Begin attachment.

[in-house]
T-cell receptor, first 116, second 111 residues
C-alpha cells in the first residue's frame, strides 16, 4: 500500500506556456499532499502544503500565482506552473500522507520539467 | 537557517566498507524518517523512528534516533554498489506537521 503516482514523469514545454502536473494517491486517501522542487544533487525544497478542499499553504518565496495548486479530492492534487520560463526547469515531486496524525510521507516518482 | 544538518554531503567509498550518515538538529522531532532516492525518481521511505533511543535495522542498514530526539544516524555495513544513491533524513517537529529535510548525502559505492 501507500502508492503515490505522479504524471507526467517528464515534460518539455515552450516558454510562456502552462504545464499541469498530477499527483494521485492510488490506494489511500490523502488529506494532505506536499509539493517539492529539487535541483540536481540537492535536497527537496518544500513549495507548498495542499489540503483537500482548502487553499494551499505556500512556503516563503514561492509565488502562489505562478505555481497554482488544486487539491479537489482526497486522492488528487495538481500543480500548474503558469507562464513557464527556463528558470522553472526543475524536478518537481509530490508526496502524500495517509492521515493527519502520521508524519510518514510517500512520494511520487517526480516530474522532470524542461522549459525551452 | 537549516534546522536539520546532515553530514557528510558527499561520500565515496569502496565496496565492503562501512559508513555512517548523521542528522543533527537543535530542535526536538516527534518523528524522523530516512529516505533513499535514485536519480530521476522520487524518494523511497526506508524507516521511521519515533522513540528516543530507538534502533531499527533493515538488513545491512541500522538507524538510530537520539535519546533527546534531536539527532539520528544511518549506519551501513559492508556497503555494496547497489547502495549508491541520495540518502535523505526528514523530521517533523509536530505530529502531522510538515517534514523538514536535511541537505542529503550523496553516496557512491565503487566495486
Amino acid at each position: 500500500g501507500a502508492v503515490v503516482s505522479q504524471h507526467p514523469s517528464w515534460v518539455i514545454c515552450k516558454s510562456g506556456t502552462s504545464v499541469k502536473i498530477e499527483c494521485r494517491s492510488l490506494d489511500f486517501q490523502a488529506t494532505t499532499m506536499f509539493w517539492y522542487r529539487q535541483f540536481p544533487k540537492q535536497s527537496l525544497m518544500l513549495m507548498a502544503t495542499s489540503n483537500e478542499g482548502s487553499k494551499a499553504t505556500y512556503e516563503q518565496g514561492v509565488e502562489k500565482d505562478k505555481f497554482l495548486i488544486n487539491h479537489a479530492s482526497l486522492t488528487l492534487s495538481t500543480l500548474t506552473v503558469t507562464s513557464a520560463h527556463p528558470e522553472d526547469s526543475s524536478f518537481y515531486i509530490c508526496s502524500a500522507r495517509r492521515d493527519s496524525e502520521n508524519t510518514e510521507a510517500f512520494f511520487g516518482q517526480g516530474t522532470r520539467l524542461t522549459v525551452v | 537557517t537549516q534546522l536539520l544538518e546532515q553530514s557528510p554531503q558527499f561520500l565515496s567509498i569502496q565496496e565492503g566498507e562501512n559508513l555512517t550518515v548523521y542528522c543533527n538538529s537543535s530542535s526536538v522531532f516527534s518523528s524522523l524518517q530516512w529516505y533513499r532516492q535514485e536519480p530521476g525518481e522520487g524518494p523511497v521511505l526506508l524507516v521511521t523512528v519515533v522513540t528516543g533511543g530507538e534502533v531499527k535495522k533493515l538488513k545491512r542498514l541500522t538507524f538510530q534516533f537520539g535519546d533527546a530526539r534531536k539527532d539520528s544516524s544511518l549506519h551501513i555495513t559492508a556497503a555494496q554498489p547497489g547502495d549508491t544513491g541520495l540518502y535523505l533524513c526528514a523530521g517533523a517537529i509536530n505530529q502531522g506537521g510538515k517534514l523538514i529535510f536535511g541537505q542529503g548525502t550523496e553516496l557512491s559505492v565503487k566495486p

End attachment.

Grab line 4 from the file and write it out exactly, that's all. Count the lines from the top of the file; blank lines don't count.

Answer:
Amino acid at each position: 500500500g501507500a502508492v503515490v503516482s505522479q504524471h507526467p514523469s517528464w515534460v518539455i514545454c515552450k516558454s510562456g506556456t502552462s504545464v499541469k502536473i498530477e499527483c494521485r494517491s492510488l490506494d489511500f486517501q490523502a488529506t494532505t499532499m506536499f509539493w517539492y522542487r529539487q535541483f540536481p544533487k540537492q535536497s527537496l525544497m518544500l513549495m507548498a502544503t495542499s489540503n483537500e478542499g482548502s487553499k494551499a499553504t505556500y512556503e516563503q518565496g514561492v509565488e502562489k500565482d505562478k505555481f497554482l495548486i488544486n487539491h479537489a479530492s482526497l486522492t488528487l492534487s495538481t500543480l500548474t506552473v503558469t507562464s513557464a520560463h527556463p528558470e522553472d526547469s526543475s524536478f518537481y515531486i509530490c508526496s502524500a500522507r495517509r492521515d493527519s496524525e502520521n508524519t510518514e510521507a510517500f512520494f511520487g516518482q517526480g516530474t522532470r520539467l524542461t522549459v525551452v | 537557517t537549516q534546522l536539520l544538518e546532515q553530514s557528510p554531503q558527499f561520500l565515496s567509498i569502496q565496496e565492503g566498507e562501512n559508513l555512517t550518515v548523521y542528522c543533527n538538529s537543535s530542535s526536538v522531532f516527534s518523528s524522523l524518517q530516512w529516505y533513499r532516492q535514485e536519480p530521476g525518481e522520487g524518494p523511497v521511505l526506508l524507516v521511521t523512528v519515533v522513540t528516543g533511543g530507538e534502533v531499527k535495522k533493515l538488513k545491512r542498514l541500522t538507524f538510530q534516533f537520539g535519546d533527546a530526539r534531536k539527532d539520528s544516524s544511518l549506519h551501513i555495513t559492508a556497503a555494496q554498489p547497489g547502495d549508491t544513491g541520495l540518502y535523505l533524513c526528514a523530521g517533523a517537529i509536530n505530529q502531522g506537521g510538515k517534514l523538514i529535510f536535511g541537505q542529503g548525502t550523496e553516496l557512491s559505492v565503487k566495486p